Sometimes you just really need a night with the girls who’ve known you since you had wire braces and a violin case and 4 shifts a week at the local carvery… Also, Leeds got pretty fancy while I wasn’t looking…
If March was the reset button, then April has been…err…how do I do this again? It’s been remembering what little things worked for me, trying to put the blocks back together in some semblance of a house.
A few things I’ve figured out about my own habits this month:
Contentment is a happy, heavy feeling. It’s a down duvet, moulding itself to your limbs. It’s a slow, deep breath that radiates softly at the edges.
We’re home from honeymoon in Sri Lanka; it was joyous and long and short and tiring and relaxing all at once; what a treat it was! We’ve never had a holiday like it.
Today I’m happy (content) to be home, listening to two of my favourite podcasts, pottering about the kitchen and considering a binge of Brooklyn 99 with the roast dinner later, which is my new favourite show thanks to the random series 3 episodes on the plane (on another note, why do airlines do that? They can’t just have the first five episodes of the first series or something?). Also lovely: walking to the shop to get milk and it being not so humid that you feel like you just stepped out of a shower. Spring time is here!
I have never before felt hungover/vaguely seasick while reading a novel. I mean, I’m a fairly visceral person, and if I read something it’s like a physical re-enactment of it, but…oof. The Girl on the Train had me feeling pretty darn queasy.
After a week of fighting, a young man in a red coat stands on a parapet
We lower our guns as he frantically waves a white handkerchief
And just like that, it’s over. We tend to our wounded, we count our dead
Black and white soldiers wonder alike if this really means freedom
Anyone who has been around me in the last month or so knows I’ve been obsessively listening to the Hamilton soundtrack. I probably know it backwards at this point. We did try to get tickets before we left but the theatre gods weren’t with me on that one (well, we could have thrown $400 a piece at resale tickets but I think even my new husband doesn’t love me that much…)
Instead we returned to the Saratoga Inn where we he had whisked me off to after proposing. It’s all gorgeous turret rooms and real fires and oh my god, where do they get those bed sheets because they feel like heaven on a stick. (It’s called Union Gables, should anyone be in Upstate New York at any point and feel the urge to stay there. The breakfast is also delicious, by the way).
So instead of immersing ourselves in the greatest rap musical ever made about a key figure in US History…we immersed ourselves in the land it talks about instead.
The battlefield trees were on fire with colour. The air was crisp, the day sunny. Perhaps it had been this pleasant when British soldiers were being forced ever backwards by a fierce US Revolutionary militia. There is little, if anything, left to demarcate lines of bloodshed any more… but poles hve been placed and fake firepits to show where the soldiers would have camped on farmland and fields. There is still an old wooden farmhouse to build impressions of tents and mud and horses around.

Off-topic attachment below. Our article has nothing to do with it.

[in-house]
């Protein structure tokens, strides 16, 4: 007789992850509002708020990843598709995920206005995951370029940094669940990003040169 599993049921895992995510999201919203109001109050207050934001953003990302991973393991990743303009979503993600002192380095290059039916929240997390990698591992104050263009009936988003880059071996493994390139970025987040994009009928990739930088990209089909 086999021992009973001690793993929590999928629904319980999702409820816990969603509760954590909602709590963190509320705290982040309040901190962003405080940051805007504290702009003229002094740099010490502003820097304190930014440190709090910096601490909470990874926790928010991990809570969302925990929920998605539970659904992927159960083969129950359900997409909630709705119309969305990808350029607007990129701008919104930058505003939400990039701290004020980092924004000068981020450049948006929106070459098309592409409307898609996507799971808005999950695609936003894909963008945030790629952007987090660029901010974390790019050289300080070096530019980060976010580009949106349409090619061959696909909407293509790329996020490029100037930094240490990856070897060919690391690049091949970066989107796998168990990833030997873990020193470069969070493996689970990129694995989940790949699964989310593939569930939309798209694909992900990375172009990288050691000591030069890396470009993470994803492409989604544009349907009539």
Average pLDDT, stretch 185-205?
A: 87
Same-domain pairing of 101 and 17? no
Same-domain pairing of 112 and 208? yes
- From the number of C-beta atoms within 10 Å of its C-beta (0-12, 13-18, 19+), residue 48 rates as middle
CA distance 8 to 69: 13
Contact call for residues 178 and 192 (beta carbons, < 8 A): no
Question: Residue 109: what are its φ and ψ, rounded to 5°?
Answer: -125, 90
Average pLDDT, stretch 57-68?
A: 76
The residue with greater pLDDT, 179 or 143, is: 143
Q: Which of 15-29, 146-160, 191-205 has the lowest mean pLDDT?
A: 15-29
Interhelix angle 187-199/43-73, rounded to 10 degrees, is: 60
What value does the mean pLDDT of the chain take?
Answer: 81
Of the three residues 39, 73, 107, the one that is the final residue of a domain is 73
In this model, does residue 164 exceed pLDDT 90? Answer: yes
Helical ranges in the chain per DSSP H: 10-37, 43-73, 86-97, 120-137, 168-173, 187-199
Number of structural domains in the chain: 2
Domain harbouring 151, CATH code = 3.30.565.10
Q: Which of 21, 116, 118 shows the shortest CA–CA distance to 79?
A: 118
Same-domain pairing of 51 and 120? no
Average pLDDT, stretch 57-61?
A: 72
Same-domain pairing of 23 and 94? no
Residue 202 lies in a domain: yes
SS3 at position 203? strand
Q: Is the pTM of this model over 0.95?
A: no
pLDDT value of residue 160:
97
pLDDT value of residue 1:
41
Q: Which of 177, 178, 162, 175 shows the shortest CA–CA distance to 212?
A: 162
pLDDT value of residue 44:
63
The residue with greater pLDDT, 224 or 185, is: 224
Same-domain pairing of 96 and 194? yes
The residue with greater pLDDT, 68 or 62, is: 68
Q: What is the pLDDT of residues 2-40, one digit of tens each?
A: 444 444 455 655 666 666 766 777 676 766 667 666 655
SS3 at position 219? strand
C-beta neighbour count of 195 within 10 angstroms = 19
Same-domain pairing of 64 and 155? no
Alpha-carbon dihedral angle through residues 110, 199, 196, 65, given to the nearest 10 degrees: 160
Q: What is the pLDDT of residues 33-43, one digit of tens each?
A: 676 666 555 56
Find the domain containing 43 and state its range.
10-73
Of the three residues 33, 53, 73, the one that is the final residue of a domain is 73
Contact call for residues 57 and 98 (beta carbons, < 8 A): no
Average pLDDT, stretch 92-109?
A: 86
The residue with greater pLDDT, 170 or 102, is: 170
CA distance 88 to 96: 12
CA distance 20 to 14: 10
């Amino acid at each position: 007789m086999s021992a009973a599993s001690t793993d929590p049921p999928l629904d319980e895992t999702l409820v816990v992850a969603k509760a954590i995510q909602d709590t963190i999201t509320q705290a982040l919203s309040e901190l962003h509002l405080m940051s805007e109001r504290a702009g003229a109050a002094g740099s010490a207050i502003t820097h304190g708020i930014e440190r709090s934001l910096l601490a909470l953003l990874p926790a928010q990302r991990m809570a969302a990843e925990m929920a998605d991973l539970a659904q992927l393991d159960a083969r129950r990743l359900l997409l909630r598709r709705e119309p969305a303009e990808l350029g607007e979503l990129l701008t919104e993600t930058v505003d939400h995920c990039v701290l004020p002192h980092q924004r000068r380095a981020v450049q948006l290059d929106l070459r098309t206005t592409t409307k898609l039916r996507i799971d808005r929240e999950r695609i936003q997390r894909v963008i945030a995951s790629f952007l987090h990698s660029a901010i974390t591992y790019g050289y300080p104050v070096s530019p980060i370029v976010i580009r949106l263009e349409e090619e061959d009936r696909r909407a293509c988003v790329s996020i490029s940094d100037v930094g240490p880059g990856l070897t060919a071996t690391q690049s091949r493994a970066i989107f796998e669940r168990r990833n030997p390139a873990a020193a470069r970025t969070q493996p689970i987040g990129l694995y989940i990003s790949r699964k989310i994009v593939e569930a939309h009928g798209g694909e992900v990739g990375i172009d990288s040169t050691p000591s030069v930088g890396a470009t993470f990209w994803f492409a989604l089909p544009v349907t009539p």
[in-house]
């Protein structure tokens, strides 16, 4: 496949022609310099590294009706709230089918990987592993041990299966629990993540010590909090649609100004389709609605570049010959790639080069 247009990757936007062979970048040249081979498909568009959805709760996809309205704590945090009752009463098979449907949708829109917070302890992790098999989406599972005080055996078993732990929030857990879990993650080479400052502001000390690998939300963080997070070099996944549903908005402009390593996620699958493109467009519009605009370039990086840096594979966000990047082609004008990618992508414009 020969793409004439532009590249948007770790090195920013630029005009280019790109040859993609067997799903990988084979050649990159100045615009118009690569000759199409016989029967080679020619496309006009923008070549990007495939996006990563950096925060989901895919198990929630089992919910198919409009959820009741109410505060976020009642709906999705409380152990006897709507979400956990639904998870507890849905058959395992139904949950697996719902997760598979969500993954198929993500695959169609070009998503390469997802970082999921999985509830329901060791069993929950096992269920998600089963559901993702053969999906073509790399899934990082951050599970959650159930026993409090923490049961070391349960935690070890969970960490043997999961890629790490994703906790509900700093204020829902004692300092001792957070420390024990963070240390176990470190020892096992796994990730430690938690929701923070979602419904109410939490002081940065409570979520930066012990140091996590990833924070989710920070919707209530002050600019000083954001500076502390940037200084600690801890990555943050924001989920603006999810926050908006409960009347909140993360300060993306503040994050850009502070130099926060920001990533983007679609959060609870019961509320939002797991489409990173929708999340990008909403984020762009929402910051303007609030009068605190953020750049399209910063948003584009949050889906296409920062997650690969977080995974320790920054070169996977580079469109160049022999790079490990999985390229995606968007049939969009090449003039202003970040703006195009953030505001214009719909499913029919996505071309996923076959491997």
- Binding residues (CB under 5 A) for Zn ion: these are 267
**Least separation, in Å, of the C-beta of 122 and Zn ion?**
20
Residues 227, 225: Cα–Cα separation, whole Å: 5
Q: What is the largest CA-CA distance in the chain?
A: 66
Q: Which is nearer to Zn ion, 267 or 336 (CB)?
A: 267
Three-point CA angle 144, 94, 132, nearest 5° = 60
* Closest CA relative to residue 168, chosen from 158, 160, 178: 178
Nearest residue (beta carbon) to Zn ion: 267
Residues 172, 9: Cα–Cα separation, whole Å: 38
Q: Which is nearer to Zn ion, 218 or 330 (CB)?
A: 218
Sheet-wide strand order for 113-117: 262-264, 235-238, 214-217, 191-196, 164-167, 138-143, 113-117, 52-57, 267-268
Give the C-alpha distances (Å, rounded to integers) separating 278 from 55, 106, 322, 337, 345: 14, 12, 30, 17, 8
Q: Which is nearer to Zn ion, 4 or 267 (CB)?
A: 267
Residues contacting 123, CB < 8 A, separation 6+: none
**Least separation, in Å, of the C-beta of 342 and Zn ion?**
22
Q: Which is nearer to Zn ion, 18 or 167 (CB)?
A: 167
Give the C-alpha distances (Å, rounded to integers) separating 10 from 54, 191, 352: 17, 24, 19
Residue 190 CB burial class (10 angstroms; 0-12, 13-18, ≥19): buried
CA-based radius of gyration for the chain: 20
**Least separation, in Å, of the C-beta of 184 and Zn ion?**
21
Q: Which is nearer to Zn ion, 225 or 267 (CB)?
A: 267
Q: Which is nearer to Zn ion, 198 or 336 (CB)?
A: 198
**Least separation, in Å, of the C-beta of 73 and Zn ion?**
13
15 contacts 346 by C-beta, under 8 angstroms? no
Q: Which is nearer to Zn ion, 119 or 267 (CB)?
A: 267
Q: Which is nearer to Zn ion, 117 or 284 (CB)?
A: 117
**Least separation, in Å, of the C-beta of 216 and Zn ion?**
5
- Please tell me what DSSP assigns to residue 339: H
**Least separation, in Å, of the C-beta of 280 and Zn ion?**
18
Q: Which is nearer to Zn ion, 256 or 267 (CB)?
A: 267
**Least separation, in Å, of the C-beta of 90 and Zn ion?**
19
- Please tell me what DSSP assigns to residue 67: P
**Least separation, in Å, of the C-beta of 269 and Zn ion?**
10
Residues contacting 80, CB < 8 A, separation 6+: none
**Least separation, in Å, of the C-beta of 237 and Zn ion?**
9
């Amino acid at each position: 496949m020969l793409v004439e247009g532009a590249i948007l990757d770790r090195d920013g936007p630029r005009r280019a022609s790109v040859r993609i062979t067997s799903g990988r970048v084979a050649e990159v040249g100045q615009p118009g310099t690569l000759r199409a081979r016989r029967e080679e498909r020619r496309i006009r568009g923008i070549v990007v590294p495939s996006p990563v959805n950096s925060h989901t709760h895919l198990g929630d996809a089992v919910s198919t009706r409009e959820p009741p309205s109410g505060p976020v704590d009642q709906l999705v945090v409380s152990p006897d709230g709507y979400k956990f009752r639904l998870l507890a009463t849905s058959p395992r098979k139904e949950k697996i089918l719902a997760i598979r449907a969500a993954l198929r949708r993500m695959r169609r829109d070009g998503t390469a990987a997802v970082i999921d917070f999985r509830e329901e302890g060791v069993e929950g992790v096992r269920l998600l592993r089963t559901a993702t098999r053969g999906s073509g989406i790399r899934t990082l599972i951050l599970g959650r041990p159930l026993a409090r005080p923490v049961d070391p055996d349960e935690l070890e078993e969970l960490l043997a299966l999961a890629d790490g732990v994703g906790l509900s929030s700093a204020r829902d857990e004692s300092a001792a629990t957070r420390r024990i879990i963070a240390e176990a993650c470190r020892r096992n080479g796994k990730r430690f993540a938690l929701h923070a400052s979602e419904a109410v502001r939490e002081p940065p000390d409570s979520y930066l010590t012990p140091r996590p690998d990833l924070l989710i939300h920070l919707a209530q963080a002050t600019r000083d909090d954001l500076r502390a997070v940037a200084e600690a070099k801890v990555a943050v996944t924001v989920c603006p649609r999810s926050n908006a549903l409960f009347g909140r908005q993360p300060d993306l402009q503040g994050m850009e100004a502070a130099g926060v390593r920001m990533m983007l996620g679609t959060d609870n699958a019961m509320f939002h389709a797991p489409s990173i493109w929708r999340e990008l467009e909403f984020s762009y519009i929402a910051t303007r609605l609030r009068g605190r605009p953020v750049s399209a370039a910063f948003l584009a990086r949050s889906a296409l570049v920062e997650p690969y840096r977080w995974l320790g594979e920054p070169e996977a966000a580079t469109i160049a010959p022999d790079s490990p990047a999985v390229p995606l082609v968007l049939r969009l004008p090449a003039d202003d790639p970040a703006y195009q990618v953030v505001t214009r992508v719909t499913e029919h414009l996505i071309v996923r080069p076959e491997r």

Occasionally a sign with an audio story will actually work, and that makes all the difference in helping you imagine the way the battle was waged…in fact, the visitor’s centre has a really great LED visualisation of the way armies surged and retreated across this vast swathe of land. Which is pleasant enough now, driving down the tourist track in our rental car…but then?
Pause, and you might hear a twig snap underfoot of a blue-coated soldier as he reconnoitres the land. It could also be a squirrel, but when you’re lucky enough to be as alone in a National park as we were, anything is possible…right?
Our relaxing post-wedding 36 hours in Saratoga also took us to the Monument, which stands at the site where British soldiers, their wives and children retreated and camped, and finally surrendered. Not as famous as the battle of Yorktown, this however was the turning point of the US revolutionary war – France and Spain sent ships and aid, and the US ‘experiment’ gathered momentum. It also took us into a winery (oops, hic) and past General Schuyler’s house, which was sadly closed, but we did do a bit of peeking around the outside…
The world burned and turn’d upside down then, but there is nothing but crickets and silence now.
Have you heard of the Sky Garden at the top of the Walkie Talkie? I had no idea it even existed until the fiance spotted an IanVisits blog post about it, and grabbed us two tickets. Amused because, we thought it would be like NYC’s Highline, but it’s more “highline for the 1%” as Sean put it…
Less sky ‘garden’, more ‘sky cafe and bar with a pleasant bit of foliage’. But the views are amazing, and the tickets are free, so, why not!?
I’ll tell you what though, it’s freaky to stand in front of the Shard at the left hand side of the viewing platform, walk to the right and see, directly in front of you…the Shard. How does that even work? The science of perspective is not my strong point.
Afterwards we wandered around Bank/St Pauls area, revelling in the quietness and the fact that we found an insane tiny Tesco chock full of American treats, a hot sandwich bar and a ton of Snapple and Arizona soda. (Nearly £3 a bottle, like). It was the first weekend since 2014 that we’d spent some time out in central London, enjoying the crazy good things the city has to offer – and for free.
2015: more tourist days in our own city. Yes please.